They discovered that the old Berkoski ice factory on Mariner Drive in Southampton was available, and they went for it. Mr. Vigliarolo handles the operational side and Mr. Vigneau, everything else, including marketing and learning the business so he could train others. "At year one, I wanted to do everything to figure out the logistics."
The Berkoskis had been handling ice in the area for several decades, then Bill Berkoski, the most recent proprietor, died suddenly in 2011. His family ran the business for a year, but then sold it to a much larger Long Island ice company.
The partners replaced the ice-making equipment, but the water pipes and freezers only needed a refurbishment. They were up and running last July and have been building the business ever since. Speaking in the factory office (which looks like frat house party room with a bar, fish tank, a futon set up for crashing, and a worn red velvet sofa), Mr. Vigneau said that it took a while for the new machinery to arrive from China and then they needed time to perfect the process and the product.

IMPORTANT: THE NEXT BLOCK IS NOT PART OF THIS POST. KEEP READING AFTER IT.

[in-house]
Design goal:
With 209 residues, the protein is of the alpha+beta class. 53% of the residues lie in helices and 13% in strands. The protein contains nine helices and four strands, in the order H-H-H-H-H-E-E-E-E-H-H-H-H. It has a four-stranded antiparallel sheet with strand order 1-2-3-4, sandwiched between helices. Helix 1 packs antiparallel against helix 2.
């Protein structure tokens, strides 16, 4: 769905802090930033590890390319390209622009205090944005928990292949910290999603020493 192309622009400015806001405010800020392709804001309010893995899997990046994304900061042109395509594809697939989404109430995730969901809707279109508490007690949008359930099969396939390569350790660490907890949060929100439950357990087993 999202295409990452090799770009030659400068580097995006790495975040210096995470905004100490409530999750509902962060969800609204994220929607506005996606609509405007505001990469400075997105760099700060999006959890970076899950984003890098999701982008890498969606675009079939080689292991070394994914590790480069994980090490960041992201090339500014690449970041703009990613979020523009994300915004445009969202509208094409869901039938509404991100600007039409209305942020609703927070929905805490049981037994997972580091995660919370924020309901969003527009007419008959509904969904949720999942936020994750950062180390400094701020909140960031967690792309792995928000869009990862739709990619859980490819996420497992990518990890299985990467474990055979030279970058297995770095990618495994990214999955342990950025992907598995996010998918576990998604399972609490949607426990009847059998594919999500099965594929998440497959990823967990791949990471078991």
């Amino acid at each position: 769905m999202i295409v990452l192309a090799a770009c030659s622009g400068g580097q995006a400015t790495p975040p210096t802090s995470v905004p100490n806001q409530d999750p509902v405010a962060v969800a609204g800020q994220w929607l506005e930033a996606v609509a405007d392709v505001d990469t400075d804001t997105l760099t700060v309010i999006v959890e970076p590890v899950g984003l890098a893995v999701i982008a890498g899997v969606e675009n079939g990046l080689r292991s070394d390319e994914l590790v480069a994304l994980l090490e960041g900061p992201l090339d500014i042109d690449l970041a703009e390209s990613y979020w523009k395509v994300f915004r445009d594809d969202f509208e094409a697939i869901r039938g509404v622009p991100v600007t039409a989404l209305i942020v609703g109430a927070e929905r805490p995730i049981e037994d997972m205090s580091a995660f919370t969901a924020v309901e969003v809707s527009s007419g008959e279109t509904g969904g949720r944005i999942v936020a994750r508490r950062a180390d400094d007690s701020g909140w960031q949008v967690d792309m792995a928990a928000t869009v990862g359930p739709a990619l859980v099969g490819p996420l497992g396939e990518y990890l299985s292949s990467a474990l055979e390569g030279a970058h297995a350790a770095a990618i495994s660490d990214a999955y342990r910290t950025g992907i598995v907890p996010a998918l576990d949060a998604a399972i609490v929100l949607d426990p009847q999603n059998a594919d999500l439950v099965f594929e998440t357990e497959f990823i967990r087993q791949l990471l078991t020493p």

Their equipment filters tap water with a reverse osmosis process and then sanitizes it with UV light. The ice is formed from the bottom up in layers, which gives it that clarity. Each batch in the machine yields 400 pounds. At the time of the visit, they were in the process of making enough to have 50 tons (100,000 pounds) ready by Memorial Day. "It sounds like a lot, but it isn't," he said. They met the goal and have been cranking out more ever since.
During the interview, the ice machine's noisy process of creating cubes and automatically dropping them into bags was evident until there was a pause. Bryce Linker, one of four employees hired from Eastern Suffolk BOCES, held a flawless cube up to the light for Mr. Vigneau's inspection. The production continued. They make bags of eight, 20, and 50 pounds (for catering). Although the regular bagged cubes are perfect for drinks, special two-by-two inch square cubes and the spheres are made there as well. The ice can also be personalized with stamps.
Their blocks of ice can chill a fisherman's cooler for three days. Ice luges, into which channels are cut to pour alcohol for parties, can be made to order. They now have dry ice and ice sculptures as well. The ice sculptures can be specialized with something as simple as a logo, or, for the more grandiose, formed into a D.J. booth for a party in August.
Mr. Vigneau, who is in his 40s, spent a couple of decades working with hedge funds involved in the health care industry. Seeing him now, in his dark skinny jeans, high tops, a chambray shirt, and a bandana tied around his head, he looks more ready for frisbee in the quad than a conference room or a trading desk.